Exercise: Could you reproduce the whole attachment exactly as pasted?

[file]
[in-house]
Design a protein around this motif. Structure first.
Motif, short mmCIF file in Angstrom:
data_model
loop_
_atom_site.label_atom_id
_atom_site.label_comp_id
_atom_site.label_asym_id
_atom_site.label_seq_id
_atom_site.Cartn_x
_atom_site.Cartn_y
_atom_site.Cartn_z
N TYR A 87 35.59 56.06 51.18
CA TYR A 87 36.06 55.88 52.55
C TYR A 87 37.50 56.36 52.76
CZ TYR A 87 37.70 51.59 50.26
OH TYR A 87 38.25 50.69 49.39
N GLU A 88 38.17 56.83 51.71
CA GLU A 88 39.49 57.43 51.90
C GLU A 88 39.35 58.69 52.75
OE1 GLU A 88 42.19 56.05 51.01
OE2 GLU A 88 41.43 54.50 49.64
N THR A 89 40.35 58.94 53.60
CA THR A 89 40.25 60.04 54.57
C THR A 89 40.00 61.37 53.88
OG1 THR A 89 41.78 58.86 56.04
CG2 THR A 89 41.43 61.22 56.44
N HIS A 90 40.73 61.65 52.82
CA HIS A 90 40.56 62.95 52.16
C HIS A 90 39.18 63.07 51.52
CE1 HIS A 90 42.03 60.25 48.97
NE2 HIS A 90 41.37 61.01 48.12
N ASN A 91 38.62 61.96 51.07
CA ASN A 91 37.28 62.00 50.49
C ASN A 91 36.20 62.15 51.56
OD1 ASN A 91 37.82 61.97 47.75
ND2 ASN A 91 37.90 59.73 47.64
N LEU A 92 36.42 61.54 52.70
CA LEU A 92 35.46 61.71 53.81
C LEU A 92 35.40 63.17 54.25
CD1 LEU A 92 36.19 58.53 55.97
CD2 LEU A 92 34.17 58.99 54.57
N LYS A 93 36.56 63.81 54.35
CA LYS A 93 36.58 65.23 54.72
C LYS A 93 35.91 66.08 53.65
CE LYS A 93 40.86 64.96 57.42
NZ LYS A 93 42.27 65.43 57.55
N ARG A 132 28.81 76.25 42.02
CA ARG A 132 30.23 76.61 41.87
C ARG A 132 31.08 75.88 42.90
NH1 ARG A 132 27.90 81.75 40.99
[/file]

[in-house]
Design a protein around this motif. Structure first.
Motif, short mmCIF file in Angstrom:
data_model
loop_
_atom_site.label_atom_id
_atom_site.label_comp_id
_atom_site.label_asym_id
_atom_site.label_seq_id
_atom_site.Cartn_x
_atom_site.Cartn_y
_atom_site.Cartn_z
N TYR A 87 35.59 56.06 51.18
CA TYR A 87 36.06 55.88 52.55
C TYR A 87 37.50 56.36 52.76
CZ TYR A 87 37.70 51.59 50.26
OH TYR A 87 38.25 50.69 49.39
N GLU A 88 38.17 56.83 51.71
CA GLU A 88 39.49 57.43 51.90
C GLU A 88 39.35 58.69 52.75
OE1 GLU A 88 42.19 56.05 51.01
OE2 GLU A 88 41.43 54.50 49.64
N THR A 89 40.35 58.94 53.60
CA THR A 89 40.25 60.04 54.57
C THR A 89 40.00 61.37 53.88
OG1 THR A 89 41.78 58.86 56.04
CG2 THR A 89 41.43 61.22 56.44
N HIS A 90 40.73 61.65 52.82
CA HIS A 90 40.56 62.95 52.16
C HIS A 90 39.18 63.07 51.52
CE1 HIS A 90 42.03 60.25 48.97
NE2 HIS A 90 41.37 61.01 48.12
N ASN A 91 38.62 61.96 51.07
CA ASN A 91 37.28 62.00 50.49
C ASN A 91 36.20 62.15 51.56
OD1 ASN A 91 37.82 61.97 47.75
ND2 ASN A 91 37.90 59.73 47.64
N LEU A 92 36.42 61.54 52.70
CA LEU A 92 35.46 61.71 53.81
C LEU A 92 35.40 63.17 54.25
CD1 LEU A 92 36.19 58.53 55.97
CD2 LEU A 92 34.17 58.99 54.57
N LYS A 93 36.56 63.81 54.35
CA LYS A 93 36.58 65.23 54.72
C LYS A 93 35.91 66.08 53.65
CE LYS A 93 40.86 64.96 57.42
NZ LYS A 93 42.27 65.43 57.55
N ARG A 132 28.81 76.25 42.02
CA ARG A 132 30.23 76.61 41.87
C ARG A 132 31.08 75.88 42.90
NH1 ARG A 132 27.90 81.75 40.99